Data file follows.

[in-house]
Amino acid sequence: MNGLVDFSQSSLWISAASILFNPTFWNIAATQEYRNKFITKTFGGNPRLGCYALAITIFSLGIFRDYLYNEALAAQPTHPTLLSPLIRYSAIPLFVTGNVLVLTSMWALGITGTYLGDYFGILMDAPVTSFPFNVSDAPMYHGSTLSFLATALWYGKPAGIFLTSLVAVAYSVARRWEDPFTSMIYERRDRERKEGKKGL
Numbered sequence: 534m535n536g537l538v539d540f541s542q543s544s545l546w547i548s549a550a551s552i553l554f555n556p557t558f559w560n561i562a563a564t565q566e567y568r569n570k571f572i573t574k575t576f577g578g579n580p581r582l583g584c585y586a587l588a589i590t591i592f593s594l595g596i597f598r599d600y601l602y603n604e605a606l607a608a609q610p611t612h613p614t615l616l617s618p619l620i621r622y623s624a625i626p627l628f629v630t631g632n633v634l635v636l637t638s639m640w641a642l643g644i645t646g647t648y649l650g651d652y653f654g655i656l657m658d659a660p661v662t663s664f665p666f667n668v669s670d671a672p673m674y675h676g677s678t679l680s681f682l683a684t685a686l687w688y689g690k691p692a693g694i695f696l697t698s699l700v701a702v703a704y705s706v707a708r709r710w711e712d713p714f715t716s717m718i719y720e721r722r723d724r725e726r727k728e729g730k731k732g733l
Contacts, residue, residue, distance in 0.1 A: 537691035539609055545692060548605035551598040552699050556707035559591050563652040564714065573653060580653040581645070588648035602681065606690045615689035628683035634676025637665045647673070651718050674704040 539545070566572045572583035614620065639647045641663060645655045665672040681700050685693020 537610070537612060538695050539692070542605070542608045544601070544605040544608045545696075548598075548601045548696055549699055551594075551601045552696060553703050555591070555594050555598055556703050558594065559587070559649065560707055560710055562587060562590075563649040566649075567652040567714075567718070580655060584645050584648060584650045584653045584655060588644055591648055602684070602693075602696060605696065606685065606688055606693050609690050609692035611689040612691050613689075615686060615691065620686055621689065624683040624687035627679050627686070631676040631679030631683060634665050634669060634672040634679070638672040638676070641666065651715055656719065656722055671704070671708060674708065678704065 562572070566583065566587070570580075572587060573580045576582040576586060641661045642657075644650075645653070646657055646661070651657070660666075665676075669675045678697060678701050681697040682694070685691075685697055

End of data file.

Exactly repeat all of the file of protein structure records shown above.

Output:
[in-house]
Amino acid sequence: MNGLVDFSQSSLWISAASILFNPTFWNIAATQEYRNKFITKTFGGNPRLGCYALAITIFSLGIFRDYLYNEALAAQPTHPTLLSPLIRYSAIPLFVTGNVLVLTSMWALGITGTYLGDYFGILMDAPVTSFPFNVSDAPMYHGSTLSFLATALWYGKPAGIFLTSLVAVAYSVARRWEDPFTSMIYERRDRERKEGKKGL
Numbered sequence: 534m535n536g537l538v539d540f541s542q543s544s545l546w547i548s549a550a551s552i553l554f555n556p557t558f559w560n561i562a563a564t565q566e567y568r569n570k571f572i573t574k575t576f577g578g579n580p581r582l583g584c585y586a587l588a589i590t591i592f593s594l595g596i597f598r599d600y601l602y603n604e605a606l607a608a609q610p611t612h613p614t615l616l617s618p619l620i621r622y623s624a625i626p627l628f629v630t631g632n633v634l635v636l637t638s639m640w641a642l643g644i645t646g647t648y649l650g651d652y653f654g655i656l657m658d659a660p661v662t663s664f665p666f667n668v669s670d671a672p673m674y675h676g677s678t679l680s681f682l683a684t685a686l687w688y689g690k691p692a693g694i695f696l697t698s699l700v701a702v703a704y705s706v707a708r709r710w711e712d713p714f715t716s717m718i719y720e721r722r723d724r725e726r727k728e729g730k731k732g733l
Contacts, residue, residue, distance in 0.1 A: 537691035539609055545692060548605035551598040552699050556707035559591050563652040564714065573653060580653040581645070588648035602681065606690045615689035628683035634676025637665045647673070651718050674704040 539545070566572045572583035614620065639647045641663060645655045665672040681700050685693020 537610070537612060538695050539692070542605070542608045544601070544605040544608045545696075548598075548601045548696055549699055551594075551601045552696060553703050555591070555594050555598055556703050558594065559587070559649065560707055560710055562587060562590075563649040566649075567652040567714075567718070580655060584645050584648060584650045584653045584655060588644055591648055602684070602693075602696060605696065606685065606688055606693050609690050609692035611689040612691050613689075615686060615691065620686055621689065624683040624687035627679050627686070631676040631679030631683060634665050634669060634672040634679070638672040638676070641666065651715055656719065656722055671704070671708060674708065678704065 562572070566583065566587070570580075572587060573580045576582040576586060641661045642657075644650075645653070646657055646661070651657070660666075665676075669675045678697060678701050681697040682694070685691075685697055